Data integration teams often find themselves in the middle of discussions where the quality of their data outputs are called into question. Without proper governance procedures in place, though, it's hard to address these accusations in a reasonable way. Here's why.
First, many operational data integration projects are not configured to include data quality assurance as part of the project. Believe it or not, during a meeting I heard a representative from a project contractor suggest that ensuring quality of the data output was not part of their statement of work. I've also reviewed project plans and contracts in which the service provider specifically states that they make no guarantees about the quality or usability of their work.
Second, without defined data assessment processes, it's challenging to pinpoint the source of a data flaw. That's especially true in the context of data integration, which typically ingests data from different sources, applies some transformations, and reformulates the data into target data models in preparation for consumption by a downstream user or application. The bad data might have already been flawed before it was ingested (in which case it's not the fault of the data integration team). But it might have been corrupted as part of the integration process (in that case, it is their fault!). Or, it might have been defined in a way that was misinterpreted by the consumer (yet again, this is not their fault).
There are two lessons to be learned from this – they're especially important because of the growing reliance on data to drive business.
- First, it's no longer acceptable for any team to abdicate accountability when it comes to ensuring the quality of processes that result in data products.
- Second, data integration teams should not have to shoulder the responsibility for flawed data when the flaws are beyond their control.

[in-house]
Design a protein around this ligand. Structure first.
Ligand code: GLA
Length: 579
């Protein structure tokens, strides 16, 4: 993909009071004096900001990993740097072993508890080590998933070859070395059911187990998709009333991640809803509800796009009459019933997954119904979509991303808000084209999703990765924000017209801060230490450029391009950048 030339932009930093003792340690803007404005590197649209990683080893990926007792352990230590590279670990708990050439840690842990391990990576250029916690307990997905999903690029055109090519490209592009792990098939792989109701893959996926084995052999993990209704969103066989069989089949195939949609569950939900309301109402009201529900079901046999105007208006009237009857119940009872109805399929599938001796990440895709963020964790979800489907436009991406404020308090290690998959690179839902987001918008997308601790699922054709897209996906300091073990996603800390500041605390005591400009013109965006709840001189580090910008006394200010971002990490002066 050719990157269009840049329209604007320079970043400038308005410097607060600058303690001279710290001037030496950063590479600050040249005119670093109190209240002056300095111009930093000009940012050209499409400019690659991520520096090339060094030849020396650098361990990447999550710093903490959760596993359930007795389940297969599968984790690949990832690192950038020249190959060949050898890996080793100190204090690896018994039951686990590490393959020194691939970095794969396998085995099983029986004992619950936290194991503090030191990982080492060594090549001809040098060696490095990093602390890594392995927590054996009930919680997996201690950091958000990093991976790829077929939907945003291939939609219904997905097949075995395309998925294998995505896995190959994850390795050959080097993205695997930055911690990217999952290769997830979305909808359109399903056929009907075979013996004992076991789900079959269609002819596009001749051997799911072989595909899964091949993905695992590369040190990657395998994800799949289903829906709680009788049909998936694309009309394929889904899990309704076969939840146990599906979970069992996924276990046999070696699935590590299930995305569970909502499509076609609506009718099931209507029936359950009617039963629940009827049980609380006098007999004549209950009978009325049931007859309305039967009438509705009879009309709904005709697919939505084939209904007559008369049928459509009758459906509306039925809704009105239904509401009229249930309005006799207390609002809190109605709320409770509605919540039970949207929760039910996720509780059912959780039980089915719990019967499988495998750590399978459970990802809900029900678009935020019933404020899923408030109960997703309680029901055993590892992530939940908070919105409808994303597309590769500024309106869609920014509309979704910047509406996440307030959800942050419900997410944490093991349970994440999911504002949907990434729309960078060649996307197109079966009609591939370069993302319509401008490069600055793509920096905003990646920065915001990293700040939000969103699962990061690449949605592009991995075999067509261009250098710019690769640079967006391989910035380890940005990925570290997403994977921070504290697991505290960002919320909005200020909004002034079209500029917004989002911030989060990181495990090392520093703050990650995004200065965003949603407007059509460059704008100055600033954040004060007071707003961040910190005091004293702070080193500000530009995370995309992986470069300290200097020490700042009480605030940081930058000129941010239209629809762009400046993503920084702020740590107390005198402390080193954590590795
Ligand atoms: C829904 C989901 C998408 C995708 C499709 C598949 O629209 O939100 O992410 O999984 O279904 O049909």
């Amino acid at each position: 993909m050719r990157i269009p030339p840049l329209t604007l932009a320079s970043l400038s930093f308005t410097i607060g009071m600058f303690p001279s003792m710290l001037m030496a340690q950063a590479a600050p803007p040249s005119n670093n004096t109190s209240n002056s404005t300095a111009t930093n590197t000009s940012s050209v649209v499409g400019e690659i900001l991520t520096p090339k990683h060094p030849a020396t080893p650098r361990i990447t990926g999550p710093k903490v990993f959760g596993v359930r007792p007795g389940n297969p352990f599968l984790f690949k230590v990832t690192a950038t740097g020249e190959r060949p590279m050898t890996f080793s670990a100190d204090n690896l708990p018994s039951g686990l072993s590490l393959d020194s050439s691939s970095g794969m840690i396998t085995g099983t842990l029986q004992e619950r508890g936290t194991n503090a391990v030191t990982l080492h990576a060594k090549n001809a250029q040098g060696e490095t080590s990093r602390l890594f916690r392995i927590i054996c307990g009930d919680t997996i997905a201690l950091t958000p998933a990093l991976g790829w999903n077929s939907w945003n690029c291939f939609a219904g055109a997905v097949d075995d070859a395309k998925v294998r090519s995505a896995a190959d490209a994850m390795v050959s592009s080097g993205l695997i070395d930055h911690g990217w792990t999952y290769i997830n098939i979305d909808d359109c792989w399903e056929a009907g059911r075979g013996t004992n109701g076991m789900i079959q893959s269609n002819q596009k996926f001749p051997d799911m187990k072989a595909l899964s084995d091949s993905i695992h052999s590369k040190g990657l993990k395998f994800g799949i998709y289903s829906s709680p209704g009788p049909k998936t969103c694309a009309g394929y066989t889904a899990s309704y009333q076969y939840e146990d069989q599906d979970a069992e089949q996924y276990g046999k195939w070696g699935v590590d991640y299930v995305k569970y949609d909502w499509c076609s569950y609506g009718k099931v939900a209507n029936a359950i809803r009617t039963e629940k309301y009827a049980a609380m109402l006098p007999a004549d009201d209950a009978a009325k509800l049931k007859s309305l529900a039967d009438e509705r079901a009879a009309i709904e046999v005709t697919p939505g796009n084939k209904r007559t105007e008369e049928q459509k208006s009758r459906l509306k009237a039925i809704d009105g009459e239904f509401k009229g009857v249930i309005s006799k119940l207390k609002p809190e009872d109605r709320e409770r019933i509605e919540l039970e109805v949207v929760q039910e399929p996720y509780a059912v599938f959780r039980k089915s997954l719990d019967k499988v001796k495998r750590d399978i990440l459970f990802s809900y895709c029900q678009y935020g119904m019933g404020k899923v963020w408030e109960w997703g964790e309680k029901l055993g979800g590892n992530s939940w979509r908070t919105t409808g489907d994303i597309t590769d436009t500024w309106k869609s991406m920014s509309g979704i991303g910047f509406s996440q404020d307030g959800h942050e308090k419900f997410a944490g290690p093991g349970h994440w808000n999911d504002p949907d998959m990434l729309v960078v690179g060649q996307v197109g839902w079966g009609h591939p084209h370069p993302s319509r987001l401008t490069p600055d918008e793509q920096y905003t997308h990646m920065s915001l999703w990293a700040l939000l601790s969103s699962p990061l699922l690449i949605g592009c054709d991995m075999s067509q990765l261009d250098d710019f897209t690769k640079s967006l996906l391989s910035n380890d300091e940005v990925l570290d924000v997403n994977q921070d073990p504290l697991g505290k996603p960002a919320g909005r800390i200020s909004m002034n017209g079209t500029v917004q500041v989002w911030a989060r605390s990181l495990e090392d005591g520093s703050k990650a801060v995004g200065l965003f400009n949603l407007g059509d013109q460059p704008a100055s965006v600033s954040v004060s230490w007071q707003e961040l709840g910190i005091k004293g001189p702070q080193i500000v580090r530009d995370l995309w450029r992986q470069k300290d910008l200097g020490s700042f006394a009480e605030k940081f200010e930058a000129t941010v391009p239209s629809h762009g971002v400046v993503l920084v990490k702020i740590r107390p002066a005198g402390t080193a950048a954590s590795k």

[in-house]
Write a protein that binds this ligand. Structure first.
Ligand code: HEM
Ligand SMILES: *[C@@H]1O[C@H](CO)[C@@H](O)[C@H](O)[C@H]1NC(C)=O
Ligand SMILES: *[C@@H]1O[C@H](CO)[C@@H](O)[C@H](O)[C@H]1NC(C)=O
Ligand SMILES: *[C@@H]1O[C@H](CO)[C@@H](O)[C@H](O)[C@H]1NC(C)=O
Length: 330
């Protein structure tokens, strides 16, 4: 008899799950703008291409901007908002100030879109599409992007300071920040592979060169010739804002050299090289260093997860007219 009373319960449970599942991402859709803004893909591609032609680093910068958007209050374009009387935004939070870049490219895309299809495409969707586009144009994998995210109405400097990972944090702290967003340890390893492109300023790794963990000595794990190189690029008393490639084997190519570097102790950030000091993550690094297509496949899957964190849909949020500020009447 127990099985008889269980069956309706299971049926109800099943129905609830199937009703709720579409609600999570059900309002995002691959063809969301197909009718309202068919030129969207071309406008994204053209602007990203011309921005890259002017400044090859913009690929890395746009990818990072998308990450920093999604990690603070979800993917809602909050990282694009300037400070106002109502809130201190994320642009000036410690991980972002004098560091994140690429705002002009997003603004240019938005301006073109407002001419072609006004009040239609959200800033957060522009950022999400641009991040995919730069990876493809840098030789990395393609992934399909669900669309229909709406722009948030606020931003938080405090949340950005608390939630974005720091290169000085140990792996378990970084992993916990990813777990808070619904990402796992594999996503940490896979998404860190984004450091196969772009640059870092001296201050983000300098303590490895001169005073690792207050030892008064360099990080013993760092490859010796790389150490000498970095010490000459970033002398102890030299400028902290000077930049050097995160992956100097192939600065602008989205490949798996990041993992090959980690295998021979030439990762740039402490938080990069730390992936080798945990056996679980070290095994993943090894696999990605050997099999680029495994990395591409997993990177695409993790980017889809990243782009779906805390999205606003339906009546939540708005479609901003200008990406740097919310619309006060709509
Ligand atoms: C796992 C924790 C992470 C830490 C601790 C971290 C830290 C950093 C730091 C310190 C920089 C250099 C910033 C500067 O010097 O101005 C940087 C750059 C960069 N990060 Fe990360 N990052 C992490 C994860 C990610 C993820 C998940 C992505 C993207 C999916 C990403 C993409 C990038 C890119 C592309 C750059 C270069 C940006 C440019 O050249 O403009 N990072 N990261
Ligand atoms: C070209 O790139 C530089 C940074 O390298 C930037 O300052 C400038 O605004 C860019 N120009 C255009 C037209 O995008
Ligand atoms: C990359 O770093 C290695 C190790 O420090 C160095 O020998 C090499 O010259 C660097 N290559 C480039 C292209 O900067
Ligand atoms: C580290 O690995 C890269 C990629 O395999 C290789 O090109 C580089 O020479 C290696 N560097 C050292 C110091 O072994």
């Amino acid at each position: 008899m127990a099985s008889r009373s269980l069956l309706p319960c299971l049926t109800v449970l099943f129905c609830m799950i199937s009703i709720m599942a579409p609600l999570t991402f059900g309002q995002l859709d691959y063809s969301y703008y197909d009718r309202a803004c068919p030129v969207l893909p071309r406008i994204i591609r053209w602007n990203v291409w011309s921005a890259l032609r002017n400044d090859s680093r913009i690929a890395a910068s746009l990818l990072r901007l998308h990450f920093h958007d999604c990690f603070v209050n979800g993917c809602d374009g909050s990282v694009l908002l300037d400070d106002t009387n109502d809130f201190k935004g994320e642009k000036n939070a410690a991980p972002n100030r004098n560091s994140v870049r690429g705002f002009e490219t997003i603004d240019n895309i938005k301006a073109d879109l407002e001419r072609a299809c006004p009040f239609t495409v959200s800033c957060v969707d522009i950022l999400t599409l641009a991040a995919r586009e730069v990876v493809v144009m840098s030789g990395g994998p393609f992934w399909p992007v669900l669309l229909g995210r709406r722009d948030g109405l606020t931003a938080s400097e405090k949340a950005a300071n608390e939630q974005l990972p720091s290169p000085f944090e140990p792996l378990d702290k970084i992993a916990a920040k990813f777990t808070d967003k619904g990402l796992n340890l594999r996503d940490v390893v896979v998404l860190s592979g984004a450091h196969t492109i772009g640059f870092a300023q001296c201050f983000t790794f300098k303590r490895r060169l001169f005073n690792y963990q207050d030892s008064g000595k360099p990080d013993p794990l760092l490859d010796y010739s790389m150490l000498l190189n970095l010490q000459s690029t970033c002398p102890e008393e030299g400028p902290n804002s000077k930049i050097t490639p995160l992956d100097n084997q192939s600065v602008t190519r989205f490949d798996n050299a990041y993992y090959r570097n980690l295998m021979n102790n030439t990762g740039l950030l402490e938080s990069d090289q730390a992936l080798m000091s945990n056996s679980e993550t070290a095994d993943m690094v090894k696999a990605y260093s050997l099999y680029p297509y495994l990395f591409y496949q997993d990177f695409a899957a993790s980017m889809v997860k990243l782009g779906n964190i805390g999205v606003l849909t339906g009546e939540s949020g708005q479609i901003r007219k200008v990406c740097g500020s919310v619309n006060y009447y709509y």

In essence, this means there must be some method for identifying the source of a data flaw. If a data integration professional can determine that the data quality issue originated at a particular external source, he can communicate that to the owner. Conversely, if the data issue originated during data integration processing, a data steward can use validation processes to try to pinpoint where the errors occurred.
This approach provides some trace-back mechanisms for monitoring data quality accountability. Having a “data quality audit report” that demonstrates a data warehouse issue is traceable to flawed source data maintains the perception of integrity for data integration, preparation and loading processes. At the same time, it gives downstream business data consumers the information they need to talk with source data owners about ways they can ensure that input data meets their expectations.
The implication here is a deeper link between the needs of reporting and analytics application consumers, driven off the data warehouse and source data quality. Enforcing conformance with the users’ data quality expectations requires more formal methods of exchange that are defined, communicated and monitored using data quality policies. And that is the topic of my next post.